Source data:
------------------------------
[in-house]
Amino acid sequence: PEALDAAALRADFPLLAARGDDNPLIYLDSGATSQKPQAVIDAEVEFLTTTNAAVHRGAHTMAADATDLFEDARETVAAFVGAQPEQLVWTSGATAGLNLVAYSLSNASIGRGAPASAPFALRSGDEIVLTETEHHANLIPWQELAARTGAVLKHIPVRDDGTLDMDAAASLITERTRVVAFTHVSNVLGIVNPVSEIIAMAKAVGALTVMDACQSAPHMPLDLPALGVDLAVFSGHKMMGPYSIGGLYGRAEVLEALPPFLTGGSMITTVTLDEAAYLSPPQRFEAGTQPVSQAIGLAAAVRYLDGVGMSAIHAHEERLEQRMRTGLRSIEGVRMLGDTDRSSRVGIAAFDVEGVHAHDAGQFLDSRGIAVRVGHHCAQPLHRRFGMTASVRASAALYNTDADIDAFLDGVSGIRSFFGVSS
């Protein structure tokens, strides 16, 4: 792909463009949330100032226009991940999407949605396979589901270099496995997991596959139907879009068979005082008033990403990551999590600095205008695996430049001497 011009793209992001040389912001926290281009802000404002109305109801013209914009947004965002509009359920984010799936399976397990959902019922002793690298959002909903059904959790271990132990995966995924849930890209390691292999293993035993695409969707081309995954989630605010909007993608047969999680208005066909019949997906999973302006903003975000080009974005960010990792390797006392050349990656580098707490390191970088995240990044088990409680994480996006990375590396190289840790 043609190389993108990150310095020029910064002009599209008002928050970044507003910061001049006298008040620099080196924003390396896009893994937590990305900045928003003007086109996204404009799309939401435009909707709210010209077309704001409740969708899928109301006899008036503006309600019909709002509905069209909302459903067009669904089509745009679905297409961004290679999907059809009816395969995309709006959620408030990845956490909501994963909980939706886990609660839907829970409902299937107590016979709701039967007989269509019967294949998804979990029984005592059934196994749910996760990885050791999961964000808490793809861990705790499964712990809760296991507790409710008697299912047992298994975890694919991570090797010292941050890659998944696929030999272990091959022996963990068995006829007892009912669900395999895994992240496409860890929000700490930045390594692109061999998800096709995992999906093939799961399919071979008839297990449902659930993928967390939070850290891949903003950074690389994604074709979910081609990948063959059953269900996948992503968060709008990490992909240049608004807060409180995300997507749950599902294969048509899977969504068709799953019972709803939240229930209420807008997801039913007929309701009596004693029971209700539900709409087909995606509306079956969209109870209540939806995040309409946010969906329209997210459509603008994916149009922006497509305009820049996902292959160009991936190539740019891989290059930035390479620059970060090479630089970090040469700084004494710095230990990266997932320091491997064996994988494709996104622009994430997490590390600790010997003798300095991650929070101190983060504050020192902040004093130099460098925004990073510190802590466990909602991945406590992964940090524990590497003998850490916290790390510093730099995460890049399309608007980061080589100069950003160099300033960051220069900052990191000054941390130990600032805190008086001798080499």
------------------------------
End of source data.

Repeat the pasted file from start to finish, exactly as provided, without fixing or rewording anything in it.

[in-house]
Amino acid sequence: PEALDAAALRADFPLLAARGDDNPLIYLDSGATSQKPQAVIDAEVEFLTTTNAAVHRGAHTMAADATDLFEDARETVAAFVGAQPEQLVWTSGATAGLNLVAYSLSNASIGRGAPASAPFALRSGDEIVLTETEHHANLIPWQELAARTGAVLKHIPVRDDGTLDMDAAASLITERTRVVAFTHVSNVLGIVNPVSEIIAMAKAVGALTVMDACQSAPHMPLDLPALGVDLAVFSGHKMMGPYSIGGLYGRAEVLEALPPFLTGGSMITTVTLDEAAYLSPPQRFEAGTQPVSQAIGLAAAVRYLDGVGMSAIHAHEERLEQRMRTGLRSIEGVRMLGDTDRSSRVGIAAFDVEGVHAHDAGQFLDSRGIAVRVGHHCAQPLHRRFGMTASVRASAALYNTDADIDAFLDGVSGIRSFFGVSS
């Protein structure tokens, strides 16, 4: 792909463009949330100032226009991940999407949605396979589901270099496995997991596959139907879009068979005082008033990403990551999590600095205008695996430049001497 011009793209992001040389912001926290281009802000404002109305109801013209914009947004965002509009359920984010799936399976397990959902019922002793690298959002909903059904959790271990132990995966995924849930890209390691292999293993035993695409969707081309995954989630605010909007993608047969999680208005066909019949997906999973302006903003975000080009974005960010990792390797006392050349990656580098707490390191970088995240990044088990409680994480996006990375590396190289840790 043609190389993108990150310095020029910064002009599209008002928050970044507003910061001049006298008040620099080196924003390396896009893994937590990305900045928003003007086109996204404009799309939401435009909707709210010209077309704001409740969708899928109301006899008036503006309600019909709002509905069209909302459903067009669904089509745009679905297409961004290679999907059809009816395969995309709006959620408030990845956490909501994963909980939706886990609660839907829970409902299937107590016979709701039967007989269509019967294949998804979990029984005592059934196994749910996760990885050791999961964000808490793809861990705790499964712990809760296991507790409710008697299912047992298994975890694919991570090797010292941050890659998944696929030999272990091959022996963990068995006829007892009912669900395999895994992240496409860890929000700490930045390594692109061999998800096709995992999906093939799961399919071979008839297990449902659930993928967390939070850290891949903003950074690389994604074709979910081609990948063959059953269900996948992503968060709008990490992909240049608004807060409180995300997507749950599902294969048509899977969504068709799953019972709803939240229930209420807008997801039913007929309701009596004693029971209700539900709409087909995606509306079956969209109870209540939806995040309409946010969906329209997210459509603008994916149009922006497509305009820049996902292959160009991936190539740019891989290059930035390479620059970060090479630089970090040469700084004494710095230990990266997932320091491997064996994988494709996104622009994430997490590390600790010997003798300095991650929070101190983060504050020192902040004093130099460098925004990073510190802590466990909602991945406590992964940090524990590497003998850490916290790390510093730099995460890049399309608007980061080589100069950003160099300033960051220069900052990191000054941390130990600032805190008086001798080499």